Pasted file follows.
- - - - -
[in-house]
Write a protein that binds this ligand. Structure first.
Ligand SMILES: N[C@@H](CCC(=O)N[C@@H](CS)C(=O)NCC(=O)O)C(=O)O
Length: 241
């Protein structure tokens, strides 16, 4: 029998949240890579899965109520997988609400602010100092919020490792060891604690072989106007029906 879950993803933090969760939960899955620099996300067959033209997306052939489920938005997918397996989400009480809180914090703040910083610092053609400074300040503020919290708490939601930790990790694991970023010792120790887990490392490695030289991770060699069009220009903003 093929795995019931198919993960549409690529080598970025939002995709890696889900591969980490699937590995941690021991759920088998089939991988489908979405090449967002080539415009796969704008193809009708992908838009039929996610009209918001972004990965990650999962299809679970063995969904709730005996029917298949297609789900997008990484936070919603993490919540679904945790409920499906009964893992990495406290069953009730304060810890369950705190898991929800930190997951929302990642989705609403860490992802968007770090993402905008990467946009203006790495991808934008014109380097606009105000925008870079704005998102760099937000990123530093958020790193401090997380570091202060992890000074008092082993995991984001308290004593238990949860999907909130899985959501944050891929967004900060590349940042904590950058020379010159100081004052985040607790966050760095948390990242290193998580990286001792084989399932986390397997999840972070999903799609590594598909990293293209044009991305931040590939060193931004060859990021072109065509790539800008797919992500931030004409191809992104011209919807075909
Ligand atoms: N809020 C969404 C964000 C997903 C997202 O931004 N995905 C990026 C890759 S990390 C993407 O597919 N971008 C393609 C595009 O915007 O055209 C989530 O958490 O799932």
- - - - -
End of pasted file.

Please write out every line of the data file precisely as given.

[in-house]
Write a protein that binds this ligand. Structure first.
Ligand SMILES: N[C@@H](CCC(=O)N[C@@H](CS)C(=O)NCC(=O)O)C(=O)O
Length: 241
């Protein structure tokens, strides 16, 4: 029998949240890579899965109520997988609400602010100092919020490792060891604690072989106007029906 879950993803933090969760939960899955620099996300067959033209997306052939489920938005997918397996989400009480809180914090703040910083610092053609400074300040503020919290708490939601930790990790694991970023010792120790887990490392490695030289991770060699069009220009903003 093929795995019931198919993960549409690529080598970025939002995709890696889900591969980490699937590995941690021991759920088998089939991988489908979405090449967002080539415009796969704008193809009708992908838009039929996610009209918001972004990965990650999962299809679970063995969904709730005996029917298949297609789900997008990484936070919603993490919540679904945790409920499906009964893992990495406290069953009730304060810890369950705190898991929800930190997951929302990642989705609403860490992802968007770090993402905008990467946009203006790495991808934008014109380097606009105000925008870079704005998102760099937000990123530093958020790193401090997380570091202060992890000074008092082993995991984001308290004593238990949860999907909130899985959501944050891929967004900060590349940042904590950058020379010159100081004052985040607790966050760095948390990242290193998580990286001792084989399932986390397997999840972070999903799609590594598909990293293209044009991305931040590939060193931004060859990021072109065509790539800008797919992500931030004409191809992104011209919807075909
Ligand atoms: N809020 C969404 C964000 C997903 C997202 O931004 N995905 C990026 C890759 S990390 C993407 O597919 N971008 C393609 C595009 O915007 O055209 C989530 O958490 O799932």